A passenger train derailed Wednesday night on a curvy stretch of track in northwestern Spain, killing at least 40 people caught inside toppled cars and injuring more than 140 in the country's worst rail accident in decades, officials said.
Bodies were covered in blankets next to the tracks and rescue workers tried to get trapped people out of the train's cars, with smoke billowing from some of the wreckage. Some passengers were pulled out of broken windows, and one man stood atop a carriage lying on its side, using a pickaxe to try to smash through a window. Images showed one car pointing up into the air with one of its ends twisted and disfigured, and another severed in two.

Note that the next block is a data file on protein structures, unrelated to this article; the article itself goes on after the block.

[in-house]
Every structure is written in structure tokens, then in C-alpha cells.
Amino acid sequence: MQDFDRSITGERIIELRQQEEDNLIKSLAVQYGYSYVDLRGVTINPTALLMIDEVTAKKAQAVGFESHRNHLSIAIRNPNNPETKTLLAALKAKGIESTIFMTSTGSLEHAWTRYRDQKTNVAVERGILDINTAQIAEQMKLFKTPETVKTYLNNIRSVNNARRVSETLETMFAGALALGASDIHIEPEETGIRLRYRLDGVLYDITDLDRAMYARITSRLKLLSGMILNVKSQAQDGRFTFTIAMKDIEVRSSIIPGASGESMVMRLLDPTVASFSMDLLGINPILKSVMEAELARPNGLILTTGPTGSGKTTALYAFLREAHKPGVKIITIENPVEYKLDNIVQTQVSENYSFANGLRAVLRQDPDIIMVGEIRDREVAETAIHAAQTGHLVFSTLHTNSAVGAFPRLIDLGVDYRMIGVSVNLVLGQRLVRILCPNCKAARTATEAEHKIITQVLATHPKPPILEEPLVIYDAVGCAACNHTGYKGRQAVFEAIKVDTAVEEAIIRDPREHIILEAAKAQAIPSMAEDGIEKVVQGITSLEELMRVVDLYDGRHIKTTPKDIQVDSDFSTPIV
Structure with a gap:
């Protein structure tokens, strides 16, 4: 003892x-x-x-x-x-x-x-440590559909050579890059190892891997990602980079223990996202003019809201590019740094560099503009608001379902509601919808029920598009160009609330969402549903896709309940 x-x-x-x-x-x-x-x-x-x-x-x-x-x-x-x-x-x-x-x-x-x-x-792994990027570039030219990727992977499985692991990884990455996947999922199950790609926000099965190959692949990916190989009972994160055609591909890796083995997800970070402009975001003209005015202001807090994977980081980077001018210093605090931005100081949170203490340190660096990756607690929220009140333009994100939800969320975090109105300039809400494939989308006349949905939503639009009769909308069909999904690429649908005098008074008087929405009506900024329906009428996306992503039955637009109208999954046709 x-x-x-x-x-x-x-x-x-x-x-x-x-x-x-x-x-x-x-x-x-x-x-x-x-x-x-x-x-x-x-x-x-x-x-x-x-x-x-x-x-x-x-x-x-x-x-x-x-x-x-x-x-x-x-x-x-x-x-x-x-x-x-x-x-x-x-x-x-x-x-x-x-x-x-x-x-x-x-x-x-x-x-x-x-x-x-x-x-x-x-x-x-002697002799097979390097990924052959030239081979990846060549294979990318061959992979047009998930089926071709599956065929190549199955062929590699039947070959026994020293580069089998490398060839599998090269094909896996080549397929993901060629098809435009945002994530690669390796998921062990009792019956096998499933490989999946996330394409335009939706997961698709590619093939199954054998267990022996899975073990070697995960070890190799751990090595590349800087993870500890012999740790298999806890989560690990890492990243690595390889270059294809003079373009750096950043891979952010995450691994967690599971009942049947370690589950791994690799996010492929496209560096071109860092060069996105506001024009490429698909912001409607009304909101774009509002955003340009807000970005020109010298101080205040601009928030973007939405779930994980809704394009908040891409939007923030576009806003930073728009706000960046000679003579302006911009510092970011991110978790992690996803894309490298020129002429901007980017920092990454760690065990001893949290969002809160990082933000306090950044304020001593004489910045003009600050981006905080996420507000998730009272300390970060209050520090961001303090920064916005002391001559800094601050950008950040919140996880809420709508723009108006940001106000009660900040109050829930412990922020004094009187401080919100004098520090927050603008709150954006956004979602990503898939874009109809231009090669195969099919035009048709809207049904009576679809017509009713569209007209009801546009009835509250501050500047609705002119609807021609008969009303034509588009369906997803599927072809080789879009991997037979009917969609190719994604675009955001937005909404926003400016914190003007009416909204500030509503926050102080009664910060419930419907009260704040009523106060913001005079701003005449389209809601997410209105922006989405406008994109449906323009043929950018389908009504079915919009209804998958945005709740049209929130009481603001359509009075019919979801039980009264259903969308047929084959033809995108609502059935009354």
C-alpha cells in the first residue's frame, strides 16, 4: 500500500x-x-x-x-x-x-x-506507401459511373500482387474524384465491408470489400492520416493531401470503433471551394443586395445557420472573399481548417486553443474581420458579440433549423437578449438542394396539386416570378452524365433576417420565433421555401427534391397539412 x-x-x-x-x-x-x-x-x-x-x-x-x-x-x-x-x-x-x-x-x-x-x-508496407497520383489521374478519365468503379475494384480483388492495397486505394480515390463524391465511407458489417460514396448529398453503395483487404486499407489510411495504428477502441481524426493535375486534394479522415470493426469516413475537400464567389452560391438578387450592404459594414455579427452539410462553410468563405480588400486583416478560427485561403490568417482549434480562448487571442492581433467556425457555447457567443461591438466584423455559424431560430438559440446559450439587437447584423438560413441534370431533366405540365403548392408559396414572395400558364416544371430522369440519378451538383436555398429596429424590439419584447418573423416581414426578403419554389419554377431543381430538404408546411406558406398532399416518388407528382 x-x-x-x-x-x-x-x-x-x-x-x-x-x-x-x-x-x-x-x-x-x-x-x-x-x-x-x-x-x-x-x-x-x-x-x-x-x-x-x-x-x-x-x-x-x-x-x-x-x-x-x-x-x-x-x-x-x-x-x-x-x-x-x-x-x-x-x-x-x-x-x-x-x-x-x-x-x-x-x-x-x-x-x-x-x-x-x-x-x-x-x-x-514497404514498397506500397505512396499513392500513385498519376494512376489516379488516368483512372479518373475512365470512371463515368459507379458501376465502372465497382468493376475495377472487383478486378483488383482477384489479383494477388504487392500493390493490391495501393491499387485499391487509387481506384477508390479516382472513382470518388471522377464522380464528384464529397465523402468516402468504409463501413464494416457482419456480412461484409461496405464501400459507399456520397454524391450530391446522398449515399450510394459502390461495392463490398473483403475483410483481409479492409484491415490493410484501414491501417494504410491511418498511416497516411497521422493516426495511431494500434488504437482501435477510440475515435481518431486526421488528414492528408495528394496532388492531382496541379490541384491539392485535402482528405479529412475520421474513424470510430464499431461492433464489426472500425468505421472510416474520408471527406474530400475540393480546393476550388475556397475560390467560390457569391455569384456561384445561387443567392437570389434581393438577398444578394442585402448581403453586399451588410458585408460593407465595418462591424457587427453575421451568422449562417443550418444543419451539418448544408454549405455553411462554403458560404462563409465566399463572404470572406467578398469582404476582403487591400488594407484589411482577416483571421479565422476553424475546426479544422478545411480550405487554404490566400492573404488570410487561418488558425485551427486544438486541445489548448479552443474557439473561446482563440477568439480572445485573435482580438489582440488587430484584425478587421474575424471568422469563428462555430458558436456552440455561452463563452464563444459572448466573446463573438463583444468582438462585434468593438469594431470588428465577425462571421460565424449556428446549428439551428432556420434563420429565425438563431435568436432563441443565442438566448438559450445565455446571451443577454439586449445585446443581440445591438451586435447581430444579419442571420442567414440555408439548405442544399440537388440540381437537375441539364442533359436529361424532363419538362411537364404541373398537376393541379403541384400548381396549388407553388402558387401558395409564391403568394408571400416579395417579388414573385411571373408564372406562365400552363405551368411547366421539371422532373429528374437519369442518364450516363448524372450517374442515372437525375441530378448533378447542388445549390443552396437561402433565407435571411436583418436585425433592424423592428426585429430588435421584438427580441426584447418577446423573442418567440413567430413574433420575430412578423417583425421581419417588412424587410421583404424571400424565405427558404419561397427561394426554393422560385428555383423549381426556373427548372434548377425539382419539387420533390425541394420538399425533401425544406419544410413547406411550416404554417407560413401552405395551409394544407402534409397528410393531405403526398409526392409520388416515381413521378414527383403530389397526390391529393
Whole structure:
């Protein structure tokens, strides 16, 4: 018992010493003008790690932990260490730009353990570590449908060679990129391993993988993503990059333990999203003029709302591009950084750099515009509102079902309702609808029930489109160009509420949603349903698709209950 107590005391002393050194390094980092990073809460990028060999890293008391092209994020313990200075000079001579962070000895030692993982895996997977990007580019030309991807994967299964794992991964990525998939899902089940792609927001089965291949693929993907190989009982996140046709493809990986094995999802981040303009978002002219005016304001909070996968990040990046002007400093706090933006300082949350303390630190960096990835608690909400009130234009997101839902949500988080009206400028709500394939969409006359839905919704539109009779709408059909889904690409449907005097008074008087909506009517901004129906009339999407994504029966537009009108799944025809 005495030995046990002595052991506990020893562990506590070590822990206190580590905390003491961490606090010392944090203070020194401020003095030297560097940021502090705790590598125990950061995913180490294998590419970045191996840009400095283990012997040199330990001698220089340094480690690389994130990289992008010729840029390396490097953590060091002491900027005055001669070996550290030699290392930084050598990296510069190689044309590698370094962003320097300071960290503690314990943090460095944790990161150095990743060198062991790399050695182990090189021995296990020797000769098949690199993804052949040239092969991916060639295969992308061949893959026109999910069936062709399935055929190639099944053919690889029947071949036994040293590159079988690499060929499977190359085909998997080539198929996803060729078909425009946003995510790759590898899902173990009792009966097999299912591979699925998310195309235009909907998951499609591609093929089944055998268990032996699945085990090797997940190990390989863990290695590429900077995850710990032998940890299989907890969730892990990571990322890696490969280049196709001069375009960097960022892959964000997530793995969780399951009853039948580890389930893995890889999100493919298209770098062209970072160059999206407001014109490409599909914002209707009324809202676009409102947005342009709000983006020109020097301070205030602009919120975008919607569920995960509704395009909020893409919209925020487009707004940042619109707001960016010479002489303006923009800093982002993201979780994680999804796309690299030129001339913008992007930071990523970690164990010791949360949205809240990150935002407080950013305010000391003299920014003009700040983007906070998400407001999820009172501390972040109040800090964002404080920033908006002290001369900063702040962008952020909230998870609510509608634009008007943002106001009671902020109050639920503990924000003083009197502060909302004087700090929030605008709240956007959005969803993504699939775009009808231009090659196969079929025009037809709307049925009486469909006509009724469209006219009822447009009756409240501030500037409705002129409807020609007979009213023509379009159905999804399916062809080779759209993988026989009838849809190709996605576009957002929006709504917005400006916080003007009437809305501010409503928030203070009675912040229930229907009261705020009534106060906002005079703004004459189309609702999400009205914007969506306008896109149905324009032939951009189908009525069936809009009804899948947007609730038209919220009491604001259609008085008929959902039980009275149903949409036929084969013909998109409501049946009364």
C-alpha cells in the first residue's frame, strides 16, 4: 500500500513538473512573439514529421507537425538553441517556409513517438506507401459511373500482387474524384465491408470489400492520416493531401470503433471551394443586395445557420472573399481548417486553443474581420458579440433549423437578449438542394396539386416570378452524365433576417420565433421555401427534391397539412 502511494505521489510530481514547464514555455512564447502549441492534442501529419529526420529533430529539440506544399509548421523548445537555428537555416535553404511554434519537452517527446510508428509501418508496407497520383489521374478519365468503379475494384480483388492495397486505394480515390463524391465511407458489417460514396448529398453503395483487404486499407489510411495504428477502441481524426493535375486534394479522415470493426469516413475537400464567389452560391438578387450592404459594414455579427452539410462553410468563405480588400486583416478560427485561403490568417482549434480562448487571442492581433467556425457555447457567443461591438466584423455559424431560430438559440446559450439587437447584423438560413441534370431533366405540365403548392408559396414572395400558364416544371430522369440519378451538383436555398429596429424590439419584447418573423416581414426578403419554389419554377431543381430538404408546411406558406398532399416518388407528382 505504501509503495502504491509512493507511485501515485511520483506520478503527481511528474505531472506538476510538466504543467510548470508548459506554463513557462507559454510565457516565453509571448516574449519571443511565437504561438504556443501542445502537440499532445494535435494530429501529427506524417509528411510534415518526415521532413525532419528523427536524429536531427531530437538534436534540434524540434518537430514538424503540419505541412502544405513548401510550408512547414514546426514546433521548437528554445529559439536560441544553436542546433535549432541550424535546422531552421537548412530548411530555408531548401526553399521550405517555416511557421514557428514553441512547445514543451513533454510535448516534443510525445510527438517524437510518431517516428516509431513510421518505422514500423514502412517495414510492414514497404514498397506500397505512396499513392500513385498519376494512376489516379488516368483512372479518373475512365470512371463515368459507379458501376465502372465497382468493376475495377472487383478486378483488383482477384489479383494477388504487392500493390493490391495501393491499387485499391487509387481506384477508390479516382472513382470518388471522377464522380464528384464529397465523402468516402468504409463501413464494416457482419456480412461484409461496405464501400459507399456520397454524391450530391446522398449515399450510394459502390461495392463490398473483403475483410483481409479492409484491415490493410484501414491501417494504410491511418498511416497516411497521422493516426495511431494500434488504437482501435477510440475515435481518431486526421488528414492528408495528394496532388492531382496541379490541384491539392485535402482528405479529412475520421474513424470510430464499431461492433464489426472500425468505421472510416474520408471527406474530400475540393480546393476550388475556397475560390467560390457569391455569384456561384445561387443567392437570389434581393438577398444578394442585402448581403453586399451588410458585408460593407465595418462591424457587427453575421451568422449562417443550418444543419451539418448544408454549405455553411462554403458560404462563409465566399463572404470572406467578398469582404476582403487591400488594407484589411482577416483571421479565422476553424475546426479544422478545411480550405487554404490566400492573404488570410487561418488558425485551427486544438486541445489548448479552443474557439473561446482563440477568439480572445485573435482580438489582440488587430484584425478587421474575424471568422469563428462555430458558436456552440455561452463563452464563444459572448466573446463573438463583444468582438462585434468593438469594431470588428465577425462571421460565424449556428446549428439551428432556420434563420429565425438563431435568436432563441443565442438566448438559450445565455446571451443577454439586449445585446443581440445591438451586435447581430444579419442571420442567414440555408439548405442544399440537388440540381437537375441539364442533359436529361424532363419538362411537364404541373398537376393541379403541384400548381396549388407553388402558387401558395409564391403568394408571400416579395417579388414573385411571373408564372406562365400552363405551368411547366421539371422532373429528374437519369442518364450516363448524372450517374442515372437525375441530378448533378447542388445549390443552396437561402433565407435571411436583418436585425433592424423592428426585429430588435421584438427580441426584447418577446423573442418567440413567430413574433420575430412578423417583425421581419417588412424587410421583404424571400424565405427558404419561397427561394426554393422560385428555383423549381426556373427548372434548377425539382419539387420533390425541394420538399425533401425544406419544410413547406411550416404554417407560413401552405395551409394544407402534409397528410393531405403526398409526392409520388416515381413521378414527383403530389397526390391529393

Officials gave differing death tolls in the immediate aftermath of the crash just outside Santiago de Compostela, on the eve of the city's annual religious festival that attracts tens of thousands of Christian pilgrims from around the world.
Alberto Nunez Feijoo, president of the region of Galicia where Santiago de Compostela is the capital, said at least 40 people died. But the president of Galicia's main court, Miguel Angel Cadenas, was quoted from the scene by the Cadena Ser radio station saying 56 died. Rescue workers were still searching through the smoldering wreckage of the train's cars Thursday morning in the pre-dawn darkness.